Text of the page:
# The net force of an object moving down a incline with coefficient of kinetic frictio

1. Sep 28, 2009

### laxboi33

1. The problem statement, all variables and given/known data

A crate is on a 20 degree plane where the coefficients of static and kinetic friction are .45 and .35 respectively. What is the acceleration of the crate?

2. Relevant equations

Mk= .35
Ms= .45
F= sin20 * mg (I think this is the net force?)

3. The attempt at a solution

F - Fk= M*A

(sin20 * mg) - (.35 * mg) = m * a

a = sin20 * g - .35 * g

a= .34 * 9.8 - .35 * 9.8

a = -.098

The answer in the book says 0. As I was writing this problem I think I figured it out. If sin 20 is the net force, then that would make net force less than the static friction which would give it 0 acceleration. Maybe I just miscalculated the net force. If so could someone explain to me what net force would be for this equation? Thanks, guys.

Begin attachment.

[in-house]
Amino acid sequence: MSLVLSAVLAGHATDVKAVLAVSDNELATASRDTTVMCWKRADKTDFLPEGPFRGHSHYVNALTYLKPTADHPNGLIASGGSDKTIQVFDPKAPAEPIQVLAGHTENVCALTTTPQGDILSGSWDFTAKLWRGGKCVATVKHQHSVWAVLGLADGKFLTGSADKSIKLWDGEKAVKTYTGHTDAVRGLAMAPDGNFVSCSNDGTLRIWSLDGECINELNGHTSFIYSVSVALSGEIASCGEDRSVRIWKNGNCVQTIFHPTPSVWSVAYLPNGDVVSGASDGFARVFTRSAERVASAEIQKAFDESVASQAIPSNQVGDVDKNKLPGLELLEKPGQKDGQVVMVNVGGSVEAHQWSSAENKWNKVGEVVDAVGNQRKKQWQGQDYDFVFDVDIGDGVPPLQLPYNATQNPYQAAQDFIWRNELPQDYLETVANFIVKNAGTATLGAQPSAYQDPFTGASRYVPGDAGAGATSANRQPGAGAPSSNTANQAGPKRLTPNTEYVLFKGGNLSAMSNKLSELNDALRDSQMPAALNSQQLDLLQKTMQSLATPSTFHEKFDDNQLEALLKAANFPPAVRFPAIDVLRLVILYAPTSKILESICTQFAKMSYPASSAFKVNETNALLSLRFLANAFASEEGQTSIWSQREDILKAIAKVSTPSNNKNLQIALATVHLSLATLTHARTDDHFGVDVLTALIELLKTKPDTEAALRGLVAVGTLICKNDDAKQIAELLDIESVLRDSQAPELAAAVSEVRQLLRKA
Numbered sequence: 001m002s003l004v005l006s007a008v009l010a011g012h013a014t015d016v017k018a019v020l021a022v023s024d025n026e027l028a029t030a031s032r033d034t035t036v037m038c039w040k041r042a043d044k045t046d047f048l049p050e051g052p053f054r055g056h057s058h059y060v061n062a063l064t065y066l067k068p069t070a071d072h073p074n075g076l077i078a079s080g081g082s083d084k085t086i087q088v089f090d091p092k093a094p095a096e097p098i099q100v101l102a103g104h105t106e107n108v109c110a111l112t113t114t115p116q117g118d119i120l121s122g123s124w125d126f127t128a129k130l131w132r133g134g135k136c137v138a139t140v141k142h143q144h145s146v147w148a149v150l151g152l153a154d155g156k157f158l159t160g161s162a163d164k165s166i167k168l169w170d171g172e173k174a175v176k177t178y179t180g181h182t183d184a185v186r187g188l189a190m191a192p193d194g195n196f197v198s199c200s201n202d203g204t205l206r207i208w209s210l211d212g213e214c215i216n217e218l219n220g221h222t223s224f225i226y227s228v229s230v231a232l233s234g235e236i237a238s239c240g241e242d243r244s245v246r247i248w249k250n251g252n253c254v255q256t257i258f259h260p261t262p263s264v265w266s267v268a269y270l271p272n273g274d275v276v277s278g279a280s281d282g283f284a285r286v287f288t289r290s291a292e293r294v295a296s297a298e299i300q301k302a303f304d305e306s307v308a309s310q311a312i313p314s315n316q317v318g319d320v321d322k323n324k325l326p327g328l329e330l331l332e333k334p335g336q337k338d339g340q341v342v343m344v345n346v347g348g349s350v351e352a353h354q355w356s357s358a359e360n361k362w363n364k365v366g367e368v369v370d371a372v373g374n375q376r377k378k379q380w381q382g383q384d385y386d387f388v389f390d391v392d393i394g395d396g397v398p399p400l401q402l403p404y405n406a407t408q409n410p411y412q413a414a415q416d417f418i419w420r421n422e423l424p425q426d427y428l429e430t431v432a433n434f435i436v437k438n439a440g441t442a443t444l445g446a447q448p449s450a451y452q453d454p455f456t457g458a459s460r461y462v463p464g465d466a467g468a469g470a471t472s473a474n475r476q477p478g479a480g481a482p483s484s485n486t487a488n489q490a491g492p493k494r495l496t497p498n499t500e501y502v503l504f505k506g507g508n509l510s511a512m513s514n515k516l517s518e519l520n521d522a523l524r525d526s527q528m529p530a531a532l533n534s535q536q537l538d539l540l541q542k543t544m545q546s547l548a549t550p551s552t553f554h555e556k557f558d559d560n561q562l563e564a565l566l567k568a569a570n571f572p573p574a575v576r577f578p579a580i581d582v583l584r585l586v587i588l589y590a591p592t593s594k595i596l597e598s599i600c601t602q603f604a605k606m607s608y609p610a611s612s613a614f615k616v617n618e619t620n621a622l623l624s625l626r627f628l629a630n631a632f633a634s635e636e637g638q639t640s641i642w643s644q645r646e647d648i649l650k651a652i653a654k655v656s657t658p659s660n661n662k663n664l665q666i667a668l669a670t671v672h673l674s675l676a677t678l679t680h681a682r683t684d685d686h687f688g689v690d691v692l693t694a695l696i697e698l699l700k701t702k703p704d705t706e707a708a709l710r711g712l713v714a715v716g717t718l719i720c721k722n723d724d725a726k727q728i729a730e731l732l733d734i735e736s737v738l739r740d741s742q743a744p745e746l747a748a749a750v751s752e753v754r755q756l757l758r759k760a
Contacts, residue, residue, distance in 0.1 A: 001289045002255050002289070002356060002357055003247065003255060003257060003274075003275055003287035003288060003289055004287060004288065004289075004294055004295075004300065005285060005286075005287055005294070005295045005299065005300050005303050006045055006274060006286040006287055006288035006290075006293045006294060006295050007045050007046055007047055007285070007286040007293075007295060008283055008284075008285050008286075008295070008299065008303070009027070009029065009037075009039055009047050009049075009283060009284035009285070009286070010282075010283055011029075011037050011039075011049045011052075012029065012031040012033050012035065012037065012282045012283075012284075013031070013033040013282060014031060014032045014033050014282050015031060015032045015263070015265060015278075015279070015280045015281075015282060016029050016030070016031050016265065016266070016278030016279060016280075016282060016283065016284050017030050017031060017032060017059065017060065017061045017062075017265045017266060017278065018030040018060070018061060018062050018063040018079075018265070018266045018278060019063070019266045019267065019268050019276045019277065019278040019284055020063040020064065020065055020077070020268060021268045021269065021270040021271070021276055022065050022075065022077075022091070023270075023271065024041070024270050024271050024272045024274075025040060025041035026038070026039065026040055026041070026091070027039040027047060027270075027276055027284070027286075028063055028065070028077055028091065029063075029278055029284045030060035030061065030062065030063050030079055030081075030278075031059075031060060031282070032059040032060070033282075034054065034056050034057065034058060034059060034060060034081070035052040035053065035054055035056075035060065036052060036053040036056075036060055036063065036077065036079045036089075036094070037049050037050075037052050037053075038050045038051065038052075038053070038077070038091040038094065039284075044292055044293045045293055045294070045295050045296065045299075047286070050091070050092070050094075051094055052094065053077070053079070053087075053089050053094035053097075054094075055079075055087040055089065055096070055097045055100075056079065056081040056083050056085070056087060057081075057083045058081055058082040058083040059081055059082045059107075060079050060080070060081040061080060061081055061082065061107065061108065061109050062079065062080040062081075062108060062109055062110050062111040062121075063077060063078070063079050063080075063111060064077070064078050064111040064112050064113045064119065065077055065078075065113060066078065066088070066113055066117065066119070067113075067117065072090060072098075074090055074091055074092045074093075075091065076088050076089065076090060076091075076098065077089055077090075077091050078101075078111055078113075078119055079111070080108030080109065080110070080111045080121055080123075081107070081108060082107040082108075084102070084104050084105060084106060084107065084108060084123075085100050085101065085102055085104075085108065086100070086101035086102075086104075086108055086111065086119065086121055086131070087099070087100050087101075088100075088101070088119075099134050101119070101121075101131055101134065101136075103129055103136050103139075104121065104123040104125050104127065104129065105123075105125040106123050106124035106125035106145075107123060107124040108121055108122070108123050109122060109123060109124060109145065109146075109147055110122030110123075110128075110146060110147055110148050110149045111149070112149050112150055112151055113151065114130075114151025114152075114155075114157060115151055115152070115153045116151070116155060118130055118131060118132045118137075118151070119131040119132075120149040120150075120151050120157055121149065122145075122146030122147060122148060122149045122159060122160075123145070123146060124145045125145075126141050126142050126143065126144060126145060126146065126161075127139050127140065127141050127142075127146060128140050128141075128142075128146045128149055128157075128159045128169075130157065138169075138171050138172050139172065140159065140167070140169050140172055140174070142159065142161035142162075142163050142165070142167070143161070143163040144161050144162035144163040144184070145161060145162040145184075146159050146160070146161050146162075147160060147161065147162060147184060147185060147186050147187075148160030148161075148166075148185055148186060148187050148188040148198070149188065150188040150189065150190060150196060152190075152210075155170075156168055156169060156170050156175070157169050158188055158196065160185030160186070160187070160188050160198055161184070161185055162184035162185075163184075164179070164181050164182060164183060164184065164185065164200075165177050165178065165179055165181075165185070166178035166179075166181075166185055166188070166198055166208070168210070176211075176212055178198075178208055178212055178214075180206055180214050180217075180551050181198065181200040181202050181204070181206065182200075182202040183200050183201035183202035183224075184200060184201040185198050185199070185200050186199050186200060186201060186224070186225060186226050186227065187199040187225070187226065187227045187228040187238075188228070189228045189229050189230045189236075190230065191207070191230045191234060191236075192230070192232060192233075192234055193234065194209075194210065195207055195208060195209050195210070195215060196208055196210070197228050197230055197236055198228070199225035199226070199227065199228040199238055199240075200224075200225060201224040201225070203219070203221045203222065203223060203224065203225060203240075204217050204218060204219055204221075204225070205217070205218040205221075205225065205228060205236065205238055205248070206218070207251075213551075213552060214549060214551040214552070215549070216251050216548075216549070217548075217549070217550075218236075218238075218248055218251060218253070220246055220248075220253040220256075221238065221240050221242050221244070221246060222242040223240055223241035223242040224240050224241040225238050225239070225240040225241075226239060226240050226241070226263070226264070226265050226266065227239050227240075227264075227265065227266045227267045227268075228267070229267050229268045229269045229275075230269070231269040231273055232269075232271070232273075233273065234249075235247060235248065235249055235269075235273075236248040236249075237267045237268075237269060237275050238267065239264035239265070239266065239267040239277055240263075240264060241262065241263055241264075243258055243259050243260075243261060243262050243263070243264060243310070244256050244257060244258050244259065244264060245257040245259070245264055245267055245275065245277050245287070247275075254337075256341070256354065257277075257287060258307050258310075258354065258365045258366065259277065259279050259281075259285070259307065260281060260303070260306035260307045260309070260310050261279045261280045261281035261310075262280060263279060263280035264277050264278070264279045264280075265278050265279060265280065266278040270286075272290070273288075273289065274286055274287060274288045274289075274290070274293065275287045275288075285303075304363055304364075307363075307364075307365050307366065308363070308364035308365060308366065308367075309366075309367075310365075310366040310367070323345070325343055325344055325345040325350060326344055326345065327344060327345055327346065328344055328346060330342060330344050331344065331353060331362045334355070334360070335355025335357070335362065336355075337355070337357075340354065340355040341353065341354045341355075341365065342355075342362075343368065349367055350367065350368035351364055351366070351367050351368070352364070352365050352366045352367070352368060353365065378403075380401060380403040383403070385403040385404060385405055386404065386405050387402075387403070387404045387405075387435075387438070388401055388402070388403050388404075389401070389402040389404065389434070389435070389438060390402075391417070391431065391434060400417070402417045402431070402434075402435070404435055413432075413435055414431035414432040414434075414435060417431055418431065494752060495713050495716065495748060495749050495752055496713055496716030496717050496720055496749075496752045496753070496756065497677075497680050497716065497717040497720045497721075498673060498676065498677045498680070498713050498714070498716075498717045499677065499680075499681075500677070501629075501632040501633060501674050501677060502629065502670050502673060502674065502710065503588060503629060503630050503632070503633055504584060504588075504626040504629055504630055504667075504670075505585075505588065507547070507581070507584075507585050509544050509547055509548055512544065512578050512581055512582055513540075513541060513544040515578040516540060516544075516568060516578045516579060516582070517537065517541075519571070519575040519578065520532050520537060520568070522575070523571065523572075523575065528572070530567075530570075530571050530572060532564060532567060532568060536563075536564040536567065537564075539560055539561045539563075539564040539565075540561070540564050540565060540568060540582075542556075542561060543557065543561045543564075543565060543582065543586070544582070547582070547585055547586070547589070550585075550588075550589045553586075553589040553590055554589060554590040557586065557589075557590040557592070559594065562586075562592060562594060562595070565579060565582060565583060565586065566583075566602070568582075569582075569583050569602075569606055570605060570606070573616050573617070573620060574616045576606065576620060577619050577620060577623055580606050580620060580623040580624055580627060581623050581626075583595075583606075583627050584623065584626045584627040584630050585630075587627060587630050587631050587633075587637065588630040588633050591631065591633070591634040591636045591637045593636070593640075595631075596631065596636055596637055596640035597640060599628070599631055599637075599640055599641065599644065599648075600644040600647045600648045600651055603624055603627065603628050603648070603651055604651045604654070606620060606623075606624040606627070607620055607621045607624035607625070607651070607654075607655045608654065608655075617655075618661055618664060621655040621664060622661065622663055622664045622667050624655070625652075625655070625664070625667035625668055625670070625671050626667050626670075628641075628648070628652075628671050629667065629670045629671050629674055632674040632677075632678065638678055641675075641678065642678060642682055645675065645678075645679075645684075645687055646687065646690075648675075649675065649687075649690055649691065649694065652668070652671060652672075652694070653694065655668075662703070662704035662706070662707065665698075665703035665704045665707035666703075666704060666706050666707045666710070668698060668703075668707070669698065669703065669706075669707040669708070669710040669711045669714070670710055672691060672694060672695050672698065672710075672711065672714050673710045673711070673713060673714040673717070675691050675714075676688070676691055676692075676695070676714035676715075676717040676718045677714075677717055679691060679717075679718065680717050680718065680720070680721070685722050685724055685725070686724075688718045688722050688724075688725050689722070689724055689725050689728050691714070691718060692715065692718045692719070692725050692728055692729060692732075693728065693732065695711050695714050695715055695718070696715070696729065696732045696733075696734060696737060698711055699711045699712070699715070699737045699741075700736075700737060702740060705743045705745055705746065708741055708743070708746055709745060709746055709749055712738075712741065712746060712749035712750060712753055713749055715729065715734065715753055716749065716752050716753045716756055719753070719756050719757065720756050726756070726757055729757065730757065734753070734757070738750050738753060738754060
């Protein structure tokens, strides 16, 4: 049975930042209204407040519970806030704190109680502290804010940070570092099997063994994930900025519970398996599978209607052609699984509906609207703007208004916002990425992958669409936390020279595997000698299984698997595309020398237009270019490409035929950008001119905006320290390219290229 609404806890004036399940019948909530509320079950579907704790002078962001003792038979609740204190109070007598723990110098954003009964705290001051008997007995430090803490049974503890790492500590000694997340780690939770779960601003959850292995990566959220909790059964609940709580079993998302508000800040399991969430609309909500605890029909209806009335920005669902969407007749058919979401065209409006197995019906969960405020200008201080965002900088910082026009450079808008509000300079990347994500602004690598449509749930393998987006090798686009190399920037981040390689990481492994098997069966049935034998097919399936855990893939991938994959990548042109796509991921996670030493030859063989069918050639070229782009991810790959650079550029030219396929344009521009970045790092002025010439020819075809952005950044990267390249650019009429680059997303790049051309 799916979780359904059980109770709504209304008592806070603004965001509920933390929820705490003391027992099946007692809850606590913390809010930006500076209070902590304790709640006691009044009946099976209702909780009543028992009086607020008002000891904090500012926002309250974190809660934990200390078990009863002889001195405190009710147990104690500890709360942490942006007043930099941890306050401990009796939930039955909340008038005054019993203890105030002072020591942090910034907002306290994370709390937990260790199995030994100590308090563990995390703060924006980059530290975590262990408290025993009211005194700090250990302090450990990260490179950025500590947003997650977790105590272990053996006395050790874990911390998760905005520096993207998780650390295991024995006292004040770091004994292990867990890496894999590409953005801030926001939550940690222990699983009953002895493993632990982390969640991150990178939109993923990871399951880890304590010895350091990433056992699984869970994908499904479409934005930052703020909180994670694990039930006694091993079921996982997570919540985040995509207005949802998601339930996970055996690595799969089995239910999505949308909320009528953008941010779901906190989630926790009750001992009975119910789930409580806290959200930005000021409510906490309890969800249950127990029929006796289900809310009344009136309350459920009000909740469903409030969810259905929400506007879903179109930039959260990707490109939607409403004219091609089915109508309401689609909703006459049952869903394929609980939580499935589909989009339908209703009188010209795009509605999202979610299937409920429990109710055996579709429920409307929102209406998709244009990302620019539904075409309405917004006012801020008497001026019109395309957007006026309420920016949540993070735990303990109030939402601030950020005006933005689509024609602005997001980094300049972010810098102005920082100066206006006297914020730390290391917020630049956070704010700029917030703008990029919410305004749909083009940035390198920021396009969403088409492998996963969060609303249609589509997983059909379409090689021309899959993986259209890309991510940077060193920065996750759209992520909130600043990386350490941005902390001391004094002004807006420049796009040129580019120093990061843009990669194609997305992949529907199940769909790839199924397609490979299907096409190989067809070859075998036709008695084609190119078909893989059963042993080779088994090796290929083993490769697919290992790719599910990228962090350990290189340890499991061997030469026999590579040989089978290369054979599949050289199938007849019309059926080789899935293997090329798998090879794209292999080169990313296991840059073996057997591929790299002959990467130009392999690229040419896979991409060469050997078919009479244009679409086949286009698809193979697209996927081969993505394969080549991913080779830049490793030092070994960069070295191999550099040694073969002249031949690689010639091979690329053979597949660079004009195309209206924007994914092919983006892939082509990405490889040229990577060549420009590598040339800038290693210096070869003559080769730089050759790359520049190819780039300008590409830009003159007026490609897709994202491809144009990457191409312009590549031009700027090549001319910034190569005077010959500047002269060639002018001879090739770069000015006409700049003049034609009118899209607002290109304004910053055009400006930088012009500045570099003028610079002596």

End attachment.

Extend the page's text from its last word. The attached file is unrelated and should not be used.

2. Sep 28, 2009

### RoyalCat

Re: the net force of an object moving down a incline with coefficient of kinetic fric

You presupposed that the crate slides down the incline.

You must first check to see if it starts moving at all!

The static friction force is a reaction force. It will always oppose the total sum of the forces parallel to the surface it acts from.

The only force in the direction of the incline, other than friction, is as you've pointed out, $$mg\sin{\theta}$$

Now, the force of static friction tries to oppose this. Can it? What is the maximum force that the static friction can oppose? Is the total force it has to oppose less than, or more than this limit?

3. Sep 28, 2009

### laxboi33

Re: the net force of an object moving down a incline with coefficient of kinetic fric

thanks cat